Serotonin Toxicity Associated with Concomitant Use of Linezolid

Department of Pharmacy, Centre Hospitalier de Québec, Canada.
Annals of Pharmacotherapy (Impact Factor: 2.06). 06/2005; 39(5):956-61. DOI: 10.1345/aph.1E523
Source: PubMed


To report 2 cases of serotonin toxicity (ST) associated with concomitant use of linezolid and serotonergic drugs and review previously published case reports.
Case 1. A 38-year-old white female with cystic fibrosis treated with venlafaxine 300 mg/day for one year was prescribed linezolid 600 mg intravenously every 12 hours for treatment of methicillin-resistant Staphylococcus aureus (MRSA) pulmonary infection. She displayed symptoms of ST 8 days after the introduction of linezolid. The venlafaxine dosage was decreased to 150 mg/day, and symptoms gradually abated over 36 hours. Case 2. A 37-year-old male with multiple myeloma received citalopram 40 mg/day and trazodone 150 mg/day for anxiety-related disorders. Linezolid treatment with 600 mg orally twice daily was instituted for MRSA cellulitis. The following day, the patient developed anxiety, panic attacks, tremors, tachycardia, and hypertension that persisted throughout linezolid treatment. Symptoms finally waned 5 days after linezolid treatment was stopped.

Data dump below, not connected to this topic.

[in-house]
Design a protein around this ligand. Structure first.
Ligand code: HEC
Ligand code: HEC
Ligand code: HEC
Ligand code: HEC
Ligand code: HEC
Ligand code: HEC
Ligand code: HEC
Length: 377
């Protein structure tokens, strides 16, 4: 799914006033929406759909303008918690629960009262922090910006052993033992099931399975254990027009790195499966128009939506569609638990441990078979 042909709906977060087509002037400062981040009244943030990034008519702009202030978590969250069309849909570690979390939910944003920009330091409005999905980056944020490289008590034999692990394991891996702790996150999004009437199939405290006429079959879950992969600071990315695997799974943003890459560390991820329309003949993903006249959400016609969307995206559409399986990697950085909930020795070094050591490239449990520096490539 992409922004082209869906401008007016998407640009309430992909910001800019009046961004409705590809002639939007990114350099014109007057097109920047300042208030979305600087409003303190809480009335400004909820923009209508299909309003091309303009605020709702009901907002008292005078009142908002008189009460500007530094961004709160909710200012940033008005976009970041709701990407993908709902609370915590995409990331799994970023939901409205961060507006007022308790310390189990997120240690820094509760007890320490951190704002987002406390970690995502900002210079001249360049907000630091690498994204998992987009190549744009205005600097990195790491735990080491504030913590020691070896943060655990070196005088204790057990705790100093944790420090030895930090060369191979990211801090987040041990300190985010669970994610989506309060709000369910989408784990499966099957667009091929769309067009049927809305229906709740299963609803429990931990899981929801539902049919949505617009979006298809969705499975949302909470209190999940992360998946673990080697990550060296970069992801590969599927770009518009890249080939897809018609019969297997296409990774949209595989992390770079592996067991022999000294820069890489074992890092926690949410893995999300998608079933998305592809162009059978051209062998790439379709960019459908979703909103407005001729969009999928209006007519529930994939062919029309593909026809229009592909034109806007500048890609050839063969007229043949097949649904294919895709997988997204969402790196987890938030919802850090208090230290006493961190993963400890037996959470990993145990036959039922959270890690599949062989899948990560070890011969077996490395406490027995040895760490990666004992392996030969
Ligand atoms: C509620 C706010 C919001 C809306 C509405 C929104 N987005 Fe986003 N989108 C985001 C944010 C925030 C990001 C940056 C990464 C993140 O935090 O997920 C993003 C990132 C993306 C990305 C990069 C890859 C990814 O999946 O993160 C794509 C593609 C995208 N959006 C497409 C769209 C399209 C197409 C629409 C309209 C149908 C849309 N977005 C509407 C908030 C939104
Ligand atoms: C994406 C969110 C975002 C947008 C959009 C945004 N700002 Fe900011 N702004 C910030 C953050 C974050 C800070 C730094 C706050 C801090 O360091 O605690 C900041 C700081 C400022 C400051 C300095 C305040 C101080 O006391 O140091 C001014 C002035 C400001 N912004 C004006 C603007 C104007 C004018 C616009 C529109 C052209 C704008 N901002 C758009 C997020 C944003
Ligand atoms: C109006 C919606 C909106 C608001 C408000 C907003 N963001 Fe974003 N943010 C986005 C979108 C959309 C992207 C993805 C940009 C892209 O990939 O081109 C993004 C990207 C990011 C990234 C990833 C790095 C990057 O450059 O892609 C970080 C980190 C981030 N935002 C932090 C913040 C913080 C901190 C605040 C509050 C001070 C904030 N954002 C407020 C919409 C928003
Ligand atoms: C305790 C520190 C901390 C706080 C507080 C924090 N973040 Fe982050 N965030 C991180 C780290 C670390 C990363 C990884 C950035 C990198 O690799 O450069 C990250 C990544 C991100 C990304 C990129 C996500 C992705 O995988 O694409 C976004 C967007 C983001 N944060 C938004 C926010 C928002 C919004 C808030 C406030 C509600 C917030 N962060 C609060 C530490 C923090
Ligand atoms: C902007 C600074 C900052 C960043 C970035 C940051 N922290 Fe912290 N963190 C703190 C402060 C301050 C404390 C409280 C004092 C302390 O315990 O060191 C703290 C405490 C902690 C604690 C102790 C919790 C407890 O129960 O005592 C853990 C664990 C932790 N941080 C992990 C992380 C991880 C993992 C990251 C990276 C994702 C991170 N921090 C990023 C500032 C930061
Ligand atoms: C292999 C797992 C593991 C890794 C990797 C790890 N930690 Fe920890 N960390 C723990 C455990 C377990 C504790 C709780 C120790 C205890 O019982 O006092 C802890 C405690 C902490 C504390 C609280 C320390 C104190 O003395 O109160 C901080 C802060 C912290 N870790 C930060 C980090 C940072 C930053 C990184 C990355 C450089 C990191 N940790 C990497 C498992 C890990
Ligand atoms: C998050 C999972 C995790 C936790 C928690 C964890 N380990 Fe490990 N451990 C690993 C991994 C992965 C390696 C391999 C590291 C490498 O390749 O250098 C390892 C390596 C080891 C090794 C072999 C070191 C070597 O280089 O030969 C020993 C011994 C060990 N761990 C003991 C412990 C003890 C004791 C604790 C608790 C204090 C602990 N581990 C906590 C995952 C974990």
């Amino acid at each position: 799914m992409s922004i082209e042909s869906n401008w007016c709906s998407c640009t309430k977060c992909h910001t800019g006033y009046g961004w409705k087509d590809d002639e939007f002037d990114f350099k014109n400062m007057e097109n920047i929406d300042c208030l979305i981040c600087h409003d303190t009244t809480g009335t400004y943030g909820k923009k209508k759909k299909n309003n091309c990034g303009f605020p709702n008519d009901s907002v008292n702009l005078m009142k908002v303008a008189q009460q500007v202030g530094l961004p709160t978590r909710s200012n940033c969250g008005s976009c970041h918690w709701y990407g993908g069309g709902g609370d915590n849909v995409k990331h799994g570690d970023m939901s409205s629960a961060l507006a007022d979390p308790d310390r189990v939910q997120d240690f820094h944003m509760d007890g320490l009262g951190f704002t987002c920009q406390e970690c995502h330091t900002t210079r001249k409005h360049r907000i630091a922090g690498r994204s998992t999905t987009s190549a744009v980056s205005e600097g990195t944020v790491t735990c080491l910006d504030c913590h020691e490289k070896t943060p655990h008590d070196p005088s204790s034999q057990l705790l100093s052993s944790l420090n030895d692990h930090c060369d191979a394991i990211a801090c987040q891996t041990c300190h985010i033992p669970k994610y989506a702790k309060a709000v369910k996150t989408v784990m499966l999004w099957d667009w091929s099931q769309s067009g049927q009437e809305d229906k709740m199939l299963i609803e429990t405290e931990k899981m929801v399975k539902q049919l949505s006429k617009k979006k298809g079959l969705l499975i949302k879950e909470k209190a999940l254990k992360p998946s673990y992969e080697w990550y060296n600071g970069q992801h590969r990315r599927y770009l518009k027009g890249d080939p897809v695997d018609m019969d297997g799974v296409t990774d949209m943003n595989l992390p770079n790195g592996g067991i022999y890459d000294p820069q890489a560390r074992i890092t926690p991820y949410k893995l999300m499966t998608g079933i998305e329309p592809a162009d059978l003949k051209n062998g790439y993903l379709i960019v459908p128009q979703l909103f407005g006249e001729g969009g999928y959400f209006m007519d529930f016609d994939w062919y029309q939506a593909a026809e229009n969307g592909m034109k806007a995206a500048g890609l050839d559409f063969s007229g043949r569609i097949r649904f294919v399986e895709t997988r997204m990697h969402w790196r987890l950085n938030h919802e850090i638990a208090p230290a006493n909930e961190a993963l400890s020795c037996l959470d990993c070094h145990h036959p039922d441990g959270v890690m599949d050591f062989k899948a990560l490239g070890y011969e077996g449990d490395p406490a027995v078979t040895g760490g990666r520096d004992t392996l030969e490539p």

The symptoms observed in our patients were consistent with Sternbach's criteria for ST. A review of published case reports showed a short time to onset of symptoms following the introduction of linezolid, generally within 1-3 days. Also of note is the use of relatively high dosages of serotonergic drugs. Use of the Naranjo probability scale indicated a possible relationship between the use of linezolid and the occurrence of ST in both cases.
Clinicians should pay special attention to patients treated with serotonergic drugs, especially those receiving dosages in the higher end of the normal range who are prescribed linezolid, and consider tapering or reducing the dosage of serotonergic drugs for the duration of antibiotic therapy.